Asthma in Infants and Toddlers
Why It's Different
About 6 percent of children under age 5 in this country have asthma; that’s about 1.2 million children.
Many first experience symptoms, such as wheezing, before their first birthday. Asthma treatment for infants, toddlers, and other children under 5 differs from that of older children and adults. Left untreated, asthma in these very young patients can lead to scarred lungs that cause lifelong breathing problems. That makes it critical to pay attention to asthma symptoms in infants and toddlers early. This article focuses on what parents need to know.
Asthma is a disease in which the narrowing or blockage of airways results in difficulty breathing. It is not curable, but it is manageable. Most children with asthma live healthy, active lives once they get the disease under control.
When we breathe, air travels through a tube, called the trachea or the windpipe. From there, it flows into a series of smaller tubes called bronchi. These bronchi branch off into even smaller tubes called bronchioles. It is in the bronchi and bronchioles that asthma goes to work.
In a person who has asthma, allergens cause the normal passage of air through the airways to go haywire. When an allergen comes into contact with these airways, the tissue inside the bronchi and bronchioles becomes inflamed. At the same time, the muscles on the outside of the airways narrow. Mucus then enters the airways, causing them to swell. This causes the muscles on the outside to narrow further. This makes it even more difficult to breathe.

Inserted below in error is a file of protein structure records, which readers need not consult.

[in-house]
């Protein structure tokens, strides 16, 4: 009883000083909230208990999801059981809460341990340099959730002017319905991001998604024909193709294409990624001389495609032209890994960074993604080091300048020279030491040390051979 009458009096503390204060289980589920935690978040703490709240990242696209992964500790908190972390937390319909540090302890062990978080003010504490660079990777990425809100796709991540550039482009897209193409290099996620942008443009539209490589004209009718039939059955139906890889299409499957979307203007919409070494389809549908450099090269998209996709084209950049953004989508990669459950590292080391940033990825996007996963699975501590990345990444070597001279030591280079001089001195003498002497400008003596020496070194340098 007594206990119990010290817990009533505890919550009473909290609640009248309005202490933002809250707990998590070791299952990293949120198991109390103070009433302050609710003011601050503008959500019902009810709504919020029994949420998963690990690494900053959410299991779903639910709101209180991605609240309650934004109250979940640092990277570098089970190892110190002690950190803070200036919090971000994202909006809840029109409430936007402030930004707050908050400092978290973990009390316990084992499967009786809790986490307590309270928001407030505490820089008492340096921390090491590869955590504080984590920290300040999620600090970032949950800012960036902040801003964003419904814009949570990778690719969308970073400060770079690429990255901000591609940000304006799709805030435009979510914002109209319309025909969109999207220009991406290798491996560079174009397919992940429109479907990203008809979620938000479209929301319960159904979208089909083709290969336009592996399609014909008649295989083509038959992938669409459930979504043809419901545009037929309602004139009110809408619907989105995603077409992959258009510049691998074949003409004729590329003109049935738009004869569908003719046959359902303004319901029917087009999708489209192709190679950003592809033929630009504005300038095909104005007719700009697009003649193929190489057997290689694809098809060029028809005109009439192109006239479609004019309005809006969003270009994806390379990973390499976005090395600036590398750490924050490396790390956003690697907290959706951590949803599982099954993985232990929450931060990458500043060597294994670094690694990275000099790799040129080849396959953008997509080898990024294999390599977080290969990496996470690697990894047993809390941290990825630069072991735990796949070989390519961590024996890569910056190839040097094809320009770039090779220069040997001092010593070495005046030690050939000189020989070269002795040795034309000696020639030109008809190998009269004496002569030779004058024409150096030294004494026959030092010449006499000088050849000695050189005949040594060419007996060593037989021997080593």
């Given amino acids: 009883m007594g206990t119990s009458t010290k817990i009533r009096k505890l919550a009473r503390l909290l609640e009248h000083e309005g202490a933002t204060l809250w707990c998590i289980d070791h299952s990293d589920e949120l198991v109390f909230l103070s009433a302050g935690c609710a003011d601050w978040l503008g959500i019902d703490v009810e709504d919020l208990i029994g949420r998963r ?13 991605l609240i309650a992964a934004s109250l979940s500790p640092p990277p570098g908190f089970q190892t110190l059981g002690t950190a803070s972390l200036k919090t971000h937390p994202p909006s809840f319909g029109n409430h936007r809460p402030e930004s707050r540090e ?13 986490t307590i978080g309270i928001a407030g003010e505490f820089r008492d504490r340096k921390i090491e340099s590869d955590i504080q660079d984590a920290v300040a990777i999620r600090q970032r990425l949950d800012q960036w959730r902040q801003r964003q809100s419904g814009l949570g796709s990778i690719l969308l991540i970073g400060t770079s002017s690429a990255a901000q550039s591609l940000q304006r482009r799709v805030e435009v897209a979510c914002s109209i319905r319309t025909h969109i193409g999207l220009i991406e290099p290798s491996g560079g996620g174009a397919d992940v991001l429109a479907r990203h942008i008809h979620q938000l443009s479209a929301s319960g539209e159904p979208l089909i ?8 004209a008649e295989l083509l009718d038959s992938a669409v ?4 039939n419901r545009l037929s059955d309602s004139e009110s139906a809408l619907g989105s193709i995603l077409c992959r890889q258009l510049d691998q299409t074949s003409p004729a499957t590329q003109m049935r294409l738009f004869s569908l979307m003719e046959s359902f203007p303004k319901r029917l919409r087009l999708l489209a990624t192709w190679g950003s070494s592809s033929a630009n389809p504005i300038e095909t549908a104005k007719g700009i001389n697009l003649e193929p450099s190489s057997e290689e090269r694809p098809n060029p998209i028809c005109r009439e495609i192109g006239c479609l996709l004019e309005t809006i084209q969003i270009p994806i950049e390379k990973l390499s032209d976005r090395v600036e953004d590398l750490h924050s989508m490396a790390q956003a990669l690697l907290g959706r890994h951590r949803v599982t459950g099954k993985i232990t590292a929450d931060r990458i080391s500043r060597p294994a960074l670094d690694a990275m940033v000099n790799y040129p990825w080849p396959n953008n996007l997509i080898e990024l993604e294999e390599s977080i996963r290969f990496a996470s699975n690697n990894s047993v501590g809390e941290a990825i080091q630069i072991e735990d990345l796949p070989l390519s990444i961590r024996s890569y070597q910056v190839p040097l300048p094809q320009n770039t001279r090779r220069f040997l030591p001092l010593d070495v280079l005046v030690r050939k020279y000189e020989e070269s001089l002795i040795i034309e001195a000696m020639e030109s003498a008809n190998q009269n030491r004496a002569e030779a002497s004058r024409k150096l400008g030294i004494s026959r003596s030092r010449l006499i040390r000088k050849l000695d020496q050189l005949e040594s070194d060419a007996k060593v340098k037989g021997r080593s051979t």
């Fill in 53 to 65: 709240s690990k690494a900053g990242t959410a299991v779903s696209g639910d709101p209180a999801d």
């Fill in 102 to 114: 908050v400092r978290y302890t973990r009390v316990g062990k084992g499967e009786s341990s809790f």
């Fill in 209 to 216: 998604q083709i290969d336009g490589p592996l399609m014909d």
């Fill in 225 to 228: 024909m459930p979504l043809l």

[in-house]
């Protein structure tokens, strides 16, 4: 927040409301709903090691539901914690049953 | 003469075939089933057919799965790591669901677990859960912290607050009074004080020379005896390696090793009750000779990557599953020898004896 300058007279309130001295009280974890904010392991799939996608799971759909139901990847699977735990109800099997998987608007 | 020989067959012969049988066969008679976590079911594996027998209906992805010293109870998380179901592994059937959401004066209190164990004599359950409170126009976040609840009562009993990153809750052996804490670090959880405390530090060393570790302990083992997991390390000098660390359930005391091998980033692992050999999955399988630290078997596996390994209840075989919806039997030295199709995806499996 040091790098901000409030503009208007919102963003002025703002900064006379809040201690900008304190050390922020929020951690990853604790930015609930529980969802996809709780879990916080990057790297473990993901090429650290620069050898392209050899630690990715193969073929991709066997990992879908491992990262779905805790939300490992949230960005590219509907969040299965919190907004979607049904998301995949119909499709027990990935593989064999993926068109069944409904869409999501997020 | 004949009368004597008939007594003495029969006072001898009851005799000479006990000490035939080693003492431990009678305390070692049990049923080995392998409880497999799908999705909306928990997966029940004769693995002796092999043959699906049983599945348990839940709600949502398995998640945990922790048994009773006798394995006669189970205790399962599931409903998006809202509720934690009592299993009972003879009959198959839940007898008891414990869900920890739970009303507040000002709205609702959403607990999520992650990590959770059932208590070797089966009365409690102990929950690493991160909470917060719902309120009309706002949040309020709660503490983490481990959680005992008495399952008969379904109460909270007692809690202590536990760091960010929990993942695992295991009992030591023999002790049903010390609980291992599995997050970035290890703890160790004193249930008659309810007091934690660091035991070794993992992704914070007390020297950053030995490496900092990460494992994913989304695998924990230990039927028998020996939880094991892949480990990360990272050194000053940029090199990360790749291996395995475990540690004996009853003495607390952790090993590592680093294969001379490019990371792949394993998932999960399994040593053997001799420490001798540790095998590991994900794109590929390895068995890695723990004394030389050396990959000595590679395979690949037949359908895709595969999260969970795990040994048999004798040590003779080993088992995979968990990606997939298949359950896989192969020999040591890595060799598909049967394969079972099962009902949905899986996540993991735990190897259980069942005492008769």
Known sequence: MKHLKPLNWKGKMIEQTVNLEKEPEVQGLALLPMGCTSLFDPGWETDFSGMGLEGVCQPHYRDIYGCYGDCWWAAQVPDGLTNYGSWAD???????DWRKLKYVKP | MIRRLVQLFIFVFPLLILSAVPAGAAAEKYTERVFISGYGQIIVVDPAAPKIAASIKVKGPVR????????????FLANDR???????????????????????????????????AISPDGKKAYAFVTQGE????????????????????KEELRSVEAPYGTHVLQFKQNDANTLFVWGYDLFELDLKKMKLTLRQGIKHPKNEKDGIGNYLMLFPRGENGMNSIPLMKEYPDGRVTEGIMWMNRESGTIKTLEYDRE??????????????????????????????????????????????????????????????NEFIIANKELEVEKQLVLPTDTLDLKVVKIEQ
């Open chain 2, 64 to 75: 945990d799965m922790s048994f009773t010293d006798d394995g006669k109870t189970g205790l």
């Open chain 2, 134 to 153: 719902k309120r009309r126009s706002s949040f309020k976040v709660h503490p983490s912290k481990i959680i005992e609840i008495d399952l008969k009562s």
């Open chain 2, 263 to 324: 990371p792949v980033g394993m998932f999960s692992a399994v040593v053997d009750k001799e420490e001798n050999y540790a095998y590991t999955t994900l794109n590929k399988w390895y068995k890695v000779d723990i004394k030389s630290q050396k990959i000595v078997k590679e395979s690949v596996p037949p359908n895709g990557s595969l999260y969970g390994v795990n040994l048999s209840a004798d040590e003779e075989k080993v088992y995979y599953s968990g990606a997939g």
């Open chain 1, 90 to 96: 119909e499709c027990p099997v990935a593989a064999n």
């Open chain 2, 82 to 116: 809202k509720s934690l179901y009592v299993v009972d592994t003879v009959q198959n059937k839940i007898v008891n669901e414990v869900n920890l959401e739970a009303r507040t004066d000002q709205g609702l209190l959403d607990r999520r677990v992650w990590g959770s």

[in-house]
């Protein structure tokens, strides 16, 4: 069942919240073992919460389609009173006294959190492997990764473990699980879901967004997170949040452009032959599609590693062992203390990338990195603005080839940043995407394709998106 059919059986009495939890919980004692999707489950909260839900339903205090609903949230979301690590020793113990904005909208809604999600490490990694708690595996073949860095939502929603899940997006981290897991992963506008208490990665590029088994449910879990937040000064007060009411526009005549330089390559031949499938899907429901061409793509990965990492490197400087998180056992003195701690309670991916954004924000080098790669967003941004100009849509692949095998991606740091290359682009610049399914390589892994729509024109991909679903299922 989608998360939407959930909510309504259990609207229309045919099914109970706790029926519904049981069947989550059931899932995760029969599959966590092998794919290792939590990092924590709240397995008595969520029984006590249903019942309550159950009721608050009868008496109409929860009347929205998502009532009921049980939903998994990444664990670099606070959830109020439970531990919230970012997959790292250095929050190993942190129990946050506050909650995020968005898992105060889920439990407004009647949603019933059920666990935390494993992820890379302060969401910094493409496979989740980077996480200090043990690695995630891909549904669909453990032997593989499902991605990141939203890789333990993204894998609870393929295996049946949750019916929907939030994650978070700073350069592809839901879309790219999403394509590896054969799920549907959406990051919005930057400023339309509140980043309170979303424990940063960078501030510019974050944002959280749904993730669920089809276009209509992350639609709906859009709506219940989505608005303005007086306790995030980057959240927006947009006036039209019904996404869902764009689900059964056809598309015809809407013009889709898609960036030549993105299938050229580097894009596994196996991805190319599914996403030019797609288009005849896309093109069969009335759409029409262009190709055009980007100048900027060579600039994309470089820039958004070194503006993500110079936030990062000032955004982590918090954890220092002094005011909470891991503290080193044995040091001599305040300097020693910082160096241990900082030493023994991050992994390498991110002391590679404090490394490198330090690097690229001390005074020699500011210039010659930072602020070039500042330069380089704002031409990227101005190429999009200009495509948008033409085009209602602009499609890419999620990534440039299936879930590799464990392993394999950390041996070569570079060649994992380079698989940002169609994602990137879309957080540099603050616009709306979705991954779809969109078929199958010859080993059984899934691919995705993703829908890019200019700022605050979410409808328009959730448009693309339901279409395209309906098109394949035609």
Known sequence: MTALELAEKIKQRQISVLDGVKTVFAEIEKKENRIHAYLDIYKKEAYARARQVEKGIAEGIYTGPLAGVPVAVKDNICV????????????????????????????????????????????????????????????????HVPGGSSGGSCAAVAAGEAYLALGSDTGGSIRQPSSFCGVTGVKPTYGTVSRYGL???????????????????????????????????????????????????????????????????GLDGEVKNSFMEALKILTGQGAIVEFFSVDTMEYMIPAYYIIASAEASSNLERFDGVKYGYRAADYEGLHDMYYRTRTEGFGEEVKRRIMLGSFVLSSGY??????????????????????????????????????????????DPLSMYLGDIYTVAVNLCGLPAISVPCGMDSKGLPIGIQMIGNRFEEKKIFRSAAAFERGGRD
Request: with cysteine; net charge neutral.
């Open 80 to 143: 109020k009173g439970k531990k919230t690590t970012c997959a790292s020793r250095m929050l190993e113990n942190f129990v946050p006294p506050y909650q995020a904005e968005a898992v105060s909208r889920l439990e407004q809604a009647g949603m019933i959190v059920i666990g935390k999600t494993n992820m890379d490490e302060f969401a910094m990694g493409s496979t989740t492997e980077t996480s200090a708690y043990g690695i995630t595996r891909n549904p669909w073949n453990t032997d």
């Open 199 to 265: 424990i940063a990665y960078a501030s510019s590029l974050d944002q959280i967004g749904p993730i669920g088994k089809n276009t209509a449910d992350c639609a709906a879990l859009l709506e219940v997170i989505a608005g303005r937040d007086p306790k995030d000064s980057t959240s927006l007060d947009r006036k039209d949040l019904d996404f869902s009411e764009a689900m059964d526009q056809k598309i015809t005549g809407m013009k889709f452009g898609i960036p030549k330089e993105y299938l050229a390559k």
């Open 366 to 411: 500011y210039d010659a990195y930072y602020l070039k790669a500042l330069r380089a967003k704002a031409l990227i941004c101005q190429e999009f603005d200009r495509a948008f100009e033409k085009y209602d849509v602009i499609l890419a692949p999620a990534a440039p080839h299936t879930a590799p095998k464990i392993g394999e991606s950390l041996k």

For infants and toddlers, the effects are magnified because their airways are smaller.
Experts are not sure.
Research does reveal a few clear connections:
- History of asthma or allergies in the family
- Hay fever
- Frequent respiratory infections
- Cigarette smoking during pregnancy or exposure to secondhand smoke after birth
- African American or Puerto Rican
- Low birth weight
- Living in a low-income environment
Knowing possible causes and symptoms of asthma can help parents recognize when it’s time to take a young child to the doctor for diagnosis.